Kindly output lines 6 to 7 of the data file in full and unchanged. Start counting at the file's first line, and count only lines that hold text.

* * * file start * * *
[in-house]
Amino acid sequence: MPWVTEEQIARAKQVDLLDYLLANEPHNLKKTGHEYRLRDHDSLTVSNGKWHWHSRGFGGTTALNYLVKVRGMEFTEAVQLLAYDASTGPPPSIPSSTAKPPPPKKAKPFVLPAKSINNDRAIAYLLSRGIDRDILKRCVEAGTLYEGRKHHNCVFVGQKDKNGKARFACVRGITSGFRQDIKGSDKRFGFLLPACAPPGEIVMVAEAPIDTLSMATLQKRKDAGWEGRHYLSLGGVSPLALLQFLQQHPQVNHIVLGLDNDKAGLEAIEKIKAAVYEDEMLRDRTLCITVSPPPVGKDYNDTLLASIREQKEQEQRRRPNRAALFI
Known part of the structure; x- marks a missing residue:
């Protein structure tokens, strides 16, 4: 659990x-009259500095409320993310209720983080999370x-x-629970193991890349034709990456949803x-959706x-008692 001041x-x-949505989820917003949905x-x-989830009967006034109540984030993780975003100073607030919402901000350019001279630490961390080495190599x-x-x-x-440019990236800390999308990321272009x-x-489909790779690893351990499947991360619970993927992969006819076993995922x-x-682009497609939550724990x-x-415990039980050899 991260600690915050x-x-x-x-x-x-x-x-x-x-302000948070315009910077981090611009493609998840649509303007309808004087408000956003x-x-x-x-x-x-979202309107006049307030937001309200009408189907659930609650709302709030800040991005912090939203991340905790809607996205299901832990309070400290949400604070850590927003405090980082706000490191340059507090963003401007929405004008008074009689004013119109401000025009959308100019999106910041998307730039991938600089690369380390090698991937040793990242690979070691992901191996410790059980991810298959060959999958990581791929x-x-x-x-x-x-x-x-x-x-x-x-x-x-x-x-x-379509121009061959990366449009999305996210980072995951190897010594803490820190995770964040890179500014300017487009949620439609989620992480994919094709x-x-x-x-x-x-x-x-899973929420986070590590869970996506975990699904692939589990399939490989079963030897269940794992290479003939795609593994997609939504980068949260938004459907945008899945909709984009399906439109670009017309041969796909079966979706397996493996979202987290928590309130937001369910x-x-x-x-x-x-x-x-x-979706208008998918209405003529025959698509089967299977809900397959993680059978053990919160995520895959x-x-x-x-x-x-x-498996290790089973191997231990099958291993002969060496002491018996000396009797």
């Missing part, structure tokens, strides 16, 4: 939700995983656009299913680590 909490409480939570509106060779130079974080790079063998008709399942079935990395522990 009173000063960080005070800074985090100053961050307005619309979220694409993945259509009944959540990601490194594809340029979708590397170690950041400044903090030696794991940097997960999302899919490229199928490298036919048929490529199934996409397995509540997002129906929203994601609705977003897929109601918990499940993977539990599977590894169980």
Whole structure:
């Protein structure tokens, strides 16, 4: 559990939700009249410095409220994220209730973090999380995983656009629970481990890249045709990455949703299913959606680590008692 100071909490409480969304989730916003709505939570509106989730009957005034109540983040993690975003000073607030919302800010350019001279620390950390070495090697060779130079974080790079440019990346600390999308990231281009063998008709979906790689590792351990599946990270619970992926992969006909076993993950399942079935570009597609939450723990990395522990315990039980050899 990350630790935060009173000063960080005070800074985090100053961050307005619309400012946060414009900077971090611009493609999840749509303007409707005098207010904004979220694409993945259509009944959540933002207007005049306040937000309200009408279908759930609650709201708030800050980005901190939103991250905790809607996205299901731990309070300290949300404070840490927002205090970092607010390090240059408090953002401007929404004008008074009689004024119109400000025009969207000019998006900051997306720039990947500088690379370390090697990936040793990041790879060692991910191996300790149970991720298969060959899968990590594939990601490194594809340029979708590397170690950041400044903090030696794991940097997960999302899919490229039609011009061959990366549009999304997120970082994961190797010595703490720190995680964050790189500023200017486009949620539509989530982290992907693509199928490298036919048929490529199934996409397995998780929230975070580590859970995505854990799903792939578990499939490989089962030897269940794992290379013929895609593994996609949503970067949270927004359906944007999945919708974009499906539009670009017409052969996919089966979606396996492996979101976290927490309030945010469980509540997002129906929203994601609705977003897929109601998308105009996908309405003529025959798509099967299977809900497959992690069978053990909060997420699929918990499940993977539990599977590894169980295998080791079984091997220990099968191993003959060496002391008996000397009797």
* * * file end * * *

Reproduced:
Whole structure:
């Protein structure tokens, strides 16, 4: 559990939700009249410095409220994220209730973090999380995983656009629970481990890249045709990455949703299913959606680590008692 100071909490409480969304989730916003709505939570509106989730009957005034109540983040993690975003000073607030919302800010350019001279620390950390070495090697060779130079974080790079440019990346600390999308990231281009063998008709979906790689590792351990599946990270619970992926992969006909076993993950399942079935570009597609939450723990990395522990315990039980050899 990350630790935060009173000063960080005070800074985090100053961050307005619309400012946060414009900077971090611009493609999840749509303007409707005098207010904004979220694409993945259509009944959540933002207007005049306040937000309200009408279908759930609650709201708030800050980005901190939103991250905790809607996205299901731990309070300290949300404070840490927002205090970092607010390090240059408090953002401007929404004008008074009689004024119109400000025009969207000019998006900051997306720039990947500088690379370390090697990936040793990041790879060692991910191996300790149970991720298969060959899968990590594939990601490194594809340029979708590397170690950041400044903090030696794991940097997960999302899919490229039609011009061959990366549009999304997120970082994961190797010595703490720190995680964050790189500023200017486009949620539509989530982290992907693509199928490298036919048929490529199934996409397995998780929230975070580590859970995505854990799903792939578990499939490989089962030897269940794992290379013929895609593994996609949503970067949270927004359906944007999945919708974009499906539009670009017409052969996919089966979606396996492996979101976290927490309030945010469980509540997002129906929203994601609705977003897929109601998308105009996908309405003529025959798509099967299977809900497959992690069978053990909060997420699929918990499940993977539990599977590894169980295998080791079984091997220990099968191993003959060496002391008996000397009797």